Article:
This touches on the other aspect of MacCarthy’s dictum: the oath. As a biographer, you must write only what you know (or think you know), what is genuinely fact based. You can’t make up a whole new character for your subject. You cannot—and here is where I think Edmund Morris went wrong in his biography of Reagan—imagine scenes and say, “This is what he would have been doing or thinking. I know it, because I know the rest of his life.” You can put down only what you have sources for—preferably more than one source. What you do, if you can, is get as many different accounts of your subject’s character and behavior as possible, and, in effect, you triangulate.

McDonald: How so?

Scammell: One of my favorite scenes in the Koestler biography is when Koestler, Simone de Beauvoir, Camus, and Sartre were all at a party at the home of [the French novelist and musician] Boris Vian. They each reported different things about that party, but none of them knew what any of the others had written. I found their accounts, and I was able to show it in 3-D, as it were, melding the different versions and revealing several layers of meaning. The oath is against invention; if you’re not sure of something, you don’t put it in. But when you have a variety of sources, you can put them together for the reader in such a way that the reader is also convinced and nods his head and says, “Ah yes, I see. I now know what Koestler didn’t know at the time, or Camus, or Sartre, or Simone de Beauvoir, for that matter, and I understand.” You need a novelist’s skill in timing and setting a scene, but also a biographer’s honesty in sticking to the known facts.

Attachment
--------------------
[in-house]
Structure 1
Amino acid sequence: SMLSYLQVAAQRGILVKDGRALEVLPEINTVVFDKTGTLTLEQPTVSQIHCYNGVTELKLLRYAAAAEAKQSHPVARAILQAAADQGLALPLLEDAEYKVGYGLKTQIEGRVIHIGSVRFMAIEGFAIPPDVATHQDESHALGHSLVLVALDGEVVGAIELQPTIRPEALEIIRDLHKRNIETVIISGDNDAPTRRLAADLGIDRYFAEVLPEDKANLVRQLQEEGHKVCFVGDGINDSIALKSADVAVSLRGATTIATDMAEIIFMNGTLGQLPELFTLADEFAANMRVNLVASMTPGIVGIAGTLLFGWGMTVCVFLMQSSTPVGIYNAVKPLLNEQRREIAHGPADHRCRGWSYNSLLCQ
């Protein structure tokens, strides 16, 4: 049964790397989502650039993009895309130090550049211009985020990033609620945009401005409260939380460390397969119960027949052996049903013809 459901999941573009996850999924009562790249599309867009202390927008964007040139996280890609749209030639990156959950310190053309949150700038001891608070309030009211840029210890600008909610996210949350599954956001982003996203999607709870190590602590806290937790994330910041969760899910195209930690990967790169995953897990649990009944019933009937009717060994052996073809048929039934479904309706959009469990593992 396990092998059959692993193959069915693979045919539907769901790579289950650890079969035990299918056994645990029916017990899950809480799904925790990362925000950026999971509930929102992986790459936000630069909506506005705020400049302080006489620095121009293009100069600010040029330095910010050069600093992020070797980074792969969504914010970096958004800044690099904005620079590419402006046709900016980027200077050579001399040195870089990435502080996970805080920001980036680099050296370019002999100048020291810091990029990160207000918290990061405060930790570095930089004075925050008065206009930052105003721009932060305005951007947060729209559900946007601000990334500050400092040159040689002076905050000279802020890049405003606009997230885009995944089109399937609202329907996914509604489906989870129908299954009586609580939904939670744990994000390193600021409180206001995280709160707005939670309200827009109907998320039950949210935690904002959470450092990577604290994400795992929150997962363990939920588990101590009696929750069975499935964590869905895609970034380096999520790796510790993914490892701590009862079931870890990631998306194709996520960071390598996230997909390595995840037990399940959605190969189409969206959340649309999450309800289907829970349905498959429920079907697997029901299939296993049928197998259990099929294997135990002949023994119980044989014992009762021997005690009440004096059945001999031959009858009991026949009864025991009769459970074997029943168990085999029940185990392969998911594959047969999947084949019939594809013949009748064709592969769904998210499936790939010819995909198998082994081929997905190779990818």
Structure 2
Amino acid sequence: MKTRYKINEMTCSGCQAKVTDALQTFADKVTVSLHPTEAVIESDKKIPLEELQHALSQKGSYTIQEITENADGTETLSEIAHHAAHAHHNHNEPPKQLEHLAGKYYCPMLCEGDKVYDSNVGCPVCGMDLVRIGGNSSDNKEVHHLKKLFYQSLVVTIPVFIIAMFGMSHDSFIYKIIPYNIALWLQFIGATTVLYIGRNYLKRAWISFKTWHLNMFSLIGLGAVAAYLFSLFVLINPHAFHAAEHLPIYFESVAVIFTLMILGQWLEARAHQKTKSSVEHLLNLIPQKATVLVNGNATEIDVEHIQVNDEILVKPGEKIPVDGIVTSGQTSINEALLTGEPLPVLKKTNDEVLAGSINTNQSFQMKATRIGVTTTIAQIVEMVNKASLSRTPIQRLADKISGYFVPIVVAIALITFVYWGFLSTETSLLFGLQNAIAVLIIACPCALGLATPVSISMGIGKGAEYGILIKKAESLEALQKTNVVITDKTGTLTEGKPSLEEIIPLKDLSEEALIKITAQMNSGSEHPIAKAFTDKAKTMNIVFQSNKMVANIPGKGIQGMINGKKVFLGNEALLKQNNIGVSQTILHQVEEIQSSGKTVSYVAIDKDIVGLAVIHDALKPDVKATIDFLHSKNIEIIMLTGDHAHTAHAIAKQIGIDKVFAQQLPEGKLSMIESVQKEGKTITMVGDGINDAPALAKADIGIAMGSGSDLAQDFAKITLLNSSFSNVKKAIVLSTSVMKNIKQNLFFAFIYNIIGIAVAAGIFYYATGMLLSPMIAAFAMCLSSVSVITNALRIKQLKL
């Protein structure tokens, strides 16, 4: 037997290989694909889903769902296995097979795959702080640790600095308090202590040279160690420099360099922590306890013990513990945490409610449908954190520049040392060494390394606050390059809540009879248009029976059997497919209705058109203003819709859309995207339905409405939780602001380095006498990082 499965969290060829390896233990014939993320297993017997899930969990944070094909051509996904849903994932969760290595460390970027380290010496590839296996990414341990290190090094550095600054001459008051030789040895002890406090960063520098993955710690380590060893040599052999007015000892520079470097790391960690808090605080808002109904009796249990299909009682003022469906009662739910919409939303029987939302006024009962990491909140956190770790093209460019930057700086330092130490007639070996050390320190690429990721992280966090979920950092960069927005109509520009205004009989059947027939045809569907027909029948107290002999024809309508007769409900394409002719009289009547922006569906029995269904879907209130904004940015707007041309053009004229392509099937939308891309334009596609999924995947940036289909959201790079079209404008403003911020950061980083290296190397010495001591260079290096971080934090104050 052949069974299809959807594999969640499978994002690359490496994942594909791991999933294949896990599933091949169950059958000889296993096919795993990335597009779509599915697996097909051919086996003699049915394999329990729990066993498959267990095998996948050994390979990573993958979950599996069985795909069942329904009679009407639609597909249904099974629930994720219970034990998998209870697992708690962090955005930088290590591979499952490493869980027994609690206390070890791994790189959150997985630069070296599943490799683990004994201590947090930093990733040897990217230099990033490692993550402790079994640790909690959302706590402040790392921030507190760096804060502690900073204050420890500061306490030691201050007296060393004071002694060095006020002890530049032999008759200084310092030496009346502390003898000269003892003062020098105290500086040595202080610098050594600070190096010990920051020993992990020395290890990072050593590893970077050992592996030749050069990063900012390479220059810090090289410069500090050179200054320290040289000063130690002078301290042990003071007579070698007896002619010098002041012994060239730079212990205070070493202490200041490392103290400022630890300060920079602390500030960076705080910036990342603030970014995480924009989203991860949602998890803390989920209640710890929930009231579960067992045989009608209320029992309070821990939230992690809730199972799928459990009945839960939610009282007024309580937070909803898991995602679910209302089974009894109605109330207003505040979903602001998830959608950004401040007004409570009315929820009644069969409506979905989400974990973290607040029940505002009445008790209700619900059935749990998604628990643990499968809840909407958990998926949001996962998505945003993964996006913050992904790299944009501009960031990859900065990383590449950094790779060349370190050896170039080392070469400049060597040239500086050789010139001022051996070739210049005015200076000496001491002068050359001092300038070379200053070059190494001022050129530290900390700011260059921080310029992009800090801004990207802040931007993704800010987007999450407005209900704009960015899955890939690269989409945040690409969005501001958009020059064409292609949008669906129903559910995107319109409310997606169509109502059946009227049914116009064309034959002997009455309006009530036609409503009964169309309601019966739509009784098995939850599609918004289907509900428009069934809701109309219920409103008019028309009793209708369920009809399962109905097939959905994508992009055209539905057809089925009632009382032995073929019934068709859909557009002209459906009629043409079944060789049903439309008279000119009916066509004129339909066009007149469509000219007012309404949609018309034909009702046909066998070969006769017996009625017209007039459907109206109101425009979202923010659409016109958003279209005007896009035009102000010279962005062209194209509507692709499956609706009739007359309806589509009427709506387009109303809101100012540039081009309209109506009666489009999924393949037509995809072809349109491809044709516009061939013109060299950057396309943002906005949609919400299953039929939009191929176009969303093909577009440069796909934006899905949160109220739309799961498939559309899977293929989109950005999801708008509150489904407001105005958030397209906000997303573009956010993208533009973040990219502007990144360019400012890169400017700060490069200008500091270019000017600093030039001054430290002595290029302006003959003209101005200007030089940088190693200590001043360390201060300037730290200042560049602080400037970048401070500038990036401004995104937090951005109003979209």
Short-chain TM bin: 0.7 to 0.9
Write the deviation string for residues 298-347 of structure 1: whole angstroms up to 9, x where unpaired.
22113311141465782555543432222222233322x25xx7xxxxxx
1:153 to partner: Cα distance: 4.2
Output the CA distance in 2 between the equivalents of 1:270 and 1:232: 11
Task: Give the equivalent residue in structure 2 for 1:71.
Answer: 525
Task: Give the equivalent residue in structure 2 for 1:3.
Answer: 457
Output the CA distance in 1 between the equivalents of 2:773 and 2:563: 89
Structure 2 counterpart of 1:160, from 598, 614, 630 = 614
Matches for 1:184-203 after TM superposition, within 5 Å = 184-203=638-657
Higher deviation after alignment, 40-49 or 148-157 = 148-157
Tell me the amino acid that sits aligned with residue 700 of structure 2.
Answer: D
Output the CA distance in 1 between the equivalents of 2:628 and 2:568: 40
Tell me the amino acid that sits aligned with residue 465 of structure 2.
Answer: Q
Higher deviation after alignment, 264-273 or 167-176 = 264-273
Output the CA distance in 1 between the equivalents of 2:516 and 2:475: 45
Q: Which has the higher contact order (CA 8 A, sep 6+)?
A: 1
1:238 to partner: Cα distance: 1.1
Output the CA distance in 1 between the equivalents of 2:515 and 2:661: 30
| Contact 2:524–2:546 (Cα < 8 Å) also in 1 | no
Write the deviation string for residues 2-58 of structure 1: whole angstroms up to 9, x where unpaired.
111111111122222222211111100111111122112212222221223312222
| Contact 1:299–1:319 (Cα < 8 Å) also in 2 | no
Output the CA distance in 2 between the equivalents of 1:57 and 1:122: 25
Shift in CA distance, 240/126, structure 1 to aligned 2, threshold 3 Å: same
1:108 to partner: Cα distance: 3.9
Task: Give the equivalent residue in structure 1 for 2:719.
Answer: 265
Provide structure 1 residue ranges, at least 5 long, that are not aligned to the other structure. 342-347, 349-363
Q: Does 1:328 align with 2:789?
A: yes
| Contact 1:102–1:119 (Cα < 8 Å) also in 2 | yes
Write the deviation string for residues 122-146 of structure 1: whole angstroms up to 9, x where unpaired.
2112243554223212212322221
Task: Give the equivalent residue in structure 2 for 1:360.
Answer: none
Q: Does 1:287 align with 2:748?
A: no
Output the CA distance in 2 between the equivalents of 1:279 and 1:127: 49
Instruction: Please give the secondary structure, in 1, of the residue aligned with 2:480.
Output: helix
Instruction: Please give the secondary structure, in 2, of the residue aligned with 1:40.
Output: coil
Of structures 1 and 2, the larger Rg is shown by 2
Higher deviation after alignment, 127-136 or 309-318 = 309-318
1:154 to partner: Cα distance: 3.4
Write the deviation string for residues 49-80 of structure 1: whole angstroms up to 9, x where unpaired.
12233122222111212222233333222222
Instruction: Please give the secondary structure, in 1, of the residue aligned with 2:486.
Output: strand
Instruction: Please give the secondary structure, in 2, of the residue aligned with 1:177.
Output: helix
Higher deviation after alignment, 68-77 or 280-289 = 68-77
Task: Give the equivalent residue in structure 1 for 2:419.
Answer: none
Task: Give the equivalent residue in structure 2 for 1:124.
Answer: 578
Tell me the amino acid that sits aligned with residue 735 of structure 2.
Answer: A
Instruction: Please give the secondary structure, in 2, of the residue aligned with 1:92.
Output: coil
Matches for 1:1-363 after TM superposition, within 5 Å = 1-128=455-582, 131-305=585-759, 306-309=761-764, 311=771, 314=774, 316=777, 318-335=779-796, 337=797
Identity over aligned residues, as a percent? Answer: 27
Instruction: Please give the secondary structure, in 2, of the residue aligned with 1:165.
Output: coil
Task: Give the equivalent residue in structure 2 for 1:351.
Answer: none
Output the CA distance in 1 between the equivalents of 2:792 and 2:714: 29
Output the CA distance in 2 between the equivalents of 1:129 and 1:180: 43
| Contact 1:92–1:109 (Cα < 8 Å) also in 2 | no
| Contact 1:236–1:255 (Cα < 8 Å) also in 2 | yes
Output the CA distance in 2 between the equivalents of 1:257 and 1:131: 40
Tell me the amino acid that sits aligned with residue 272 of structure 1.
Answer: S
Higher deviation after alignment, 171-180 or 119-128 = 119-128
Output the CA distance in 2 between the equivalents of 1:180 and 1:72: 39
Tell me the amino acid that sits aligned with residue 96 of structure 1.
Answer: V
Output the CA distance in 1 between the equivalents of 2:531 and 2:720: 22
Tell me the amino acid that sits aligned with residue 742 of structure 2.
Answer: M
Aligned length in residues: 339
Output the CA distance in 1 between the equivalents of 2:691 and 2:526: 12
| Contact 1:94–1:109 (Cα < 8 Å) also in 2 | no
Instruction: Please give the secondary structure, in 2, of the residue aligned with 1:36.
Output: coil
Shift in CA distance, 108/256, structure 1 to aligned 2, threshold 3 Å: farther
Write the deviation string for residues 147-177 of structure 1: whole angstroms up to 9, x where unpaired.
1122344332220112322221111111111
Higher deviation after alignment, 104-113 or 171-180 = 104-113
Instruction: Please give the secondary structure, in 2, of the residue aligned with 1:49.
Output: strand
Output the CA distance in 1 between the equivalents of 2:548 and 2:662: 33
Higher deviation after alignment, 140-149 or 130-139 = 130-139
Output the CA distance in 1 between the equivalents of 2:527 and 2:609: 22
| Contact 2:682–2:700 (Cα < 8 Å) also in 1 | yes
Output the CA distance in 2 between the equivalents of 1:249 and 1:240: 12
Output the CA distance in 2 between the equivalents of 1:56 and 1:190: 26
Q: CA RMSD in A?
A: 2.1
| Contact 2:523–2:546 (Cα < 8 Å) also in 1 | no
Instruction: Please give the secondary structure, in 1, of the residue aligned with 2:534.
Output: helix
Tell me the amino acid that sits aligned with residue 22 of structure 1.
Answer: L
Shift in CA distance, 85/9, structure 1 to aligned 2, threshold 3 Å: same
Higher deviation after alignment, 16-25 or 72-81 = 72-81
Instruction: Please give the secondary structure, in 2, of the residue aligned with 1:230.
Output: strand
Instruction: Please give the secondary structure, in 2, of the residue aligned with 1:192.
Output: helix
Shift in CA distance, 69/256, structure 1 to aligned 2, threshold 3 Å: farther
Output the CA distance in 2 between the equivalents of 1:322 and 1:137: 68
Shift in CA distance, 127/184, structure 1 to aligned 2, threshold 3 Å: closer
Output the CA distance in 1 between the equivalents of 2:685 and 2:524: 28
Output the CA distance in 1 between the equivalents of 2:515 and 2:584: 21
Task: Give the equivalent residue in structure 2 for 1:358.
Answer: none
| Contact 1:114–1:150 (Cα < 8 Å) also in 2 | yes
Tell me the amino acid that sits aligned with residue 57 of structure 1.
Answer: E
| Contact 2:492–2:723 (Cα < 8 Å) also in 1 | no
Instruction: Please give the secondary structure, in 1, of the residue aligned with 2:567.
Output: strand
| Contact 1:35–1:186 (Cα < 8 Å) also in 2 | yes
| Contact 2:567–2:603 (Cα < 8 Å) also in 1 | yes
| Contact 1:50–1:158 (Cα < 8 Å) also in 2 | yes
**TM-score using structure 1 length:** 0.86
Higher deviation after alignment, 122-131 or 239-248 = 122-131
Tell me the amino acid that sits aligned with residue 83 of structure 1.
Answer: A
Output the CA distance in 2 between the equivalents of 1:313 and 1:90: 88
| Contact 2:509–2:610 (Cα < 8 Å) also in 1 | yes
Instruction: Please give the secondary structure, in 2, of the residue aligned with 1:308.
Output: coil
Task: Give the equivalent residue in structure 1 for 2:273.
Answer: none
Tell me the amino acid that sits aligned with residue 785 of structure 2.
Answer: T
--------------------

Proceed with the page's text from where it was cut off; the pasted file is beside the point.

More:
McDonald: But isn’t the besetting biographical temptation, at least when the facts are either murky or missing, to fill in the blanks by seeking patterns in the subject’s life?